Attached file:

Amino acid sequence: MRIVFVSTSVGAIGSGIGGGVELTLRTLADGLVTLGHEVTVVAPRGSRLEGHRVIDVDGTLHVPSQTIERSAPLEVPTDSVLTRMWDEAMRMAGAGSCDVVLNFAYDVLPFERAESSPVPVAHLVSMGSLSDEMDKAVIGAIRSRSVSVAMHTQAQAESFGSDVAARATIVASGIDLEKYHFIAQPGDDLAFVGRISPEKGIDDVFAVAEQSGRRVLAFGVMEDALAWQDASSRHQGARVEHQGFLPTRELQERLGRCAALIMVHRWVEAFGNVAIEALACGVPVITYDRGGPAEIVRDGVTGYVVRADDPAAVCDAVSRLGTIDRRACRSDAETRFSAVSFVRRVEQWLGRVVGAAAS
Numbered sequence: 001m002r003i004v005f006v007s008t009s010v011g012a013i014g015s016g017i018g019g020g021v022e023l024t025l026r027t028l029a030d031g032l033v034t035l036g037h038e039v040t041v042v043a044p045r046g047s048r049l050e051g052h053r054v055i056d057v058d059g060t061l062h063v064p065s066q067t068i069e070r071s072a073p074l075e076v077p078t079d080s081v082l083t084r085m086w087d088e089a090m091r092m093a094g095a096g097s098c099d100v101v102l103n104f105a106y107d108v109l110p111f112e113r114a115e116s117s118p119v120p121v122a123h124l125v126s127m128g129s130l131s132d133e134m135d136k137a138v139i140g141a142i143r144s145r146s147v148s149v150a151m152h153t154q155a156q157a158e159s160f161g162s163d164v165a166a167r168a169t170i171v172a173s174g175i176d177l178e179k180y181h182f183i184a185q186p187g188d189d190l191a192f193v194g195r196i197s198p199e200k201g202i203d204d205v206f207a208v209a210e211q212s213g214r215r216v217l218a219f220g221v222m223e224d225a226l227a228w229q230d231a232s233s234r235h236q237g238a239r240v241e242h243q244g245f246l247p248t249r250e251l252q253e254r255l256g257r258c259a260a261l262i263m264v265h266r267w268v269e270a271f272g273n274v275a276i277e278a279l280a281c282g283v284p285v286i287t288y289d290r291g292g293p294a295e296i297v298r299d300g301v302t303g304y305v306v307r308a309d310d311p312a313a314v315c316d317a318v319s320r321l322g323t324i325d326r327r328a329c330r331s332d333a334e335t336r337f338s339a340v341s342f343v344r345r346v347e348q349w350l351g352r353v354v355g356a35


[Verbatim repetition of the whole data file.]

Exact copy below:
Amino acid sequence: MRIVFVSTSVGAIGSGIGGGVELTLRTLADGLVTLGHEVTVVAPRGSRLEGHRVIDVDGTLHVPSQTIERSAPLEVPTDSVLTRMWDEAMRMAGAGSCDVVLNFAYDVLPFERAESSPVPVAHLVSMGSLSDEMDKAVIGAIRSRSVSVAMHTQAQAESFGSDVAARATIVASGIDLEKYHFIAQPGDDLAFVGRISPEKGIDDVFAVAEQSGRRVLAFGVMEDALAWQDASSRHQGARVEHQGFLPTRELQERLGRCAALIMVHRWVEAFGNVAIEALACGVPVITYDRGGPAEIVRDGVTGYVVRADDPAAVCDAVSRLGTIDRRACRSDAETRFSAVSFVRRVEQWLGRVVGAAAS
Numbered sequence: 001m002r003i004v005f006v007s008t009s010v011g012a013i014g015s016g017i018g019g020g021v022e023l024t025l026r027t028l029a030d031g032l033v034t035l036g037h038e039v040t041v042v043a044p045r046g047s048r049l050e051g052h053r054v055i056d057v058d059g060t061l062h063v064p065s066q067t068i069e070r071s072a073p074l075e076v077p078t079d080s081v082l083t084r085m086w087d088e089a090m091r092m093a094g095a096g097s098c099d100v101v102l103n104f105a106y107d108v109l110p111f112e113r114a115e116s117s118p119v120p121v122a123h124l125v126s127m128g129s130l131s132d133e134m135d136k137a138v139i140g141a142i143r144s145r146s147v148s149v150a151m152h153t154q155a156q157a158e159s160f161g162s163d164v165a166a167r168a169t170i171v172a173s174g175i176d177l178e179k180y181h182f183i184a185q186p187g188d189d190l191a192f193v194g195r196i197s198p199e200k201g202i203d204d205v206f207a208v209a210e211q212s213g214r215r216v217l218a219f220g221v222m223e224d225a226l227a228w229q230d231a232s233s234r235h236q237g238a239r240v241e242h243q244g245f246l247p248t249r250e251l252q253e254r255l256g257r258c259a260a261l262i263m264v265h266r267w268v269e270a271f272g273n274v275a276i277e278a279l280a281c282g283v284p285v286i287t288y289d290r291g292g293p294a295e296i297v298r299d300g301v302t303g304y305v306v307r308a309d310d311p312a313a314v315c316d317a318v319s320r321l322g323t324i325d326r327r328a329c330r331s332d333a334e335t336r337f338s339a340v341s342f343v344r345r346v347e348q349w350l351g352r353v354v355g356a35